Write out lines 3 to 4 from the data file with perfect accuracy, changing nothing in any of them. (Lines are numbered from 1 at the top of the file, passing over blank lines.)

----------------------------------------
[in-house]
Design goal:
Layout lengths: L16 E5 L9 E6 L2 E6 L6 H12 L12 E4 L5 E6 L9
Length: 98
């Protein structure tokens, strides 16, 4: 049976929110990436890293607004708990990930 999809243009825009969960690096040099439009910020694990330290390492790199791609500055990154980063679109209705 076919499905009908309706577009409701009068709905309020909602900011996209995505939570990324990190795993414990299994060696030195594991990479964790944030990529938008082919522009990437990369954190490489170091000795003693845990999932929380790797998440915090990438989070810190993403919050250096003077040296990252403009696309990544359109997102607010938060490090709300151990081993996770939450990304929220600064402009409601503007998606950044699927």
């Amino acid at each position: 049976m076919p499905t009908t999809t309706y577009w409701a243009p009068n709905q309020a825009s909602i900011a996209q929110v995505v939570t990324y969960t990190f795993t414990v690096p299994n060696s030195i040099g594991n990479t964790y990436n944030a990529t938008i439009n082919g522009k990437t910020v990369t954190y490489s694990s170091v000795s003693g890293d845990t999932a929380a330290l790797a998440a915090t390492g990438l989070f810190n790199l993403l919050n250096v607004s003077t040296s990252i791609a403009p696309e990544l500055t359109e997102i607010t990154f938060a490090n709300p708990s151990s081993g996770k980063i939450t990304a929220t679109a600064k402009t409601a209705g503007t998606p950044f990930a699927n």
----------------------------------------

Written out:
Layout lengths: L16 E5 L9 E6 L2 E6 L6 H12 L12 E4 L5 E6 L9
Length: 98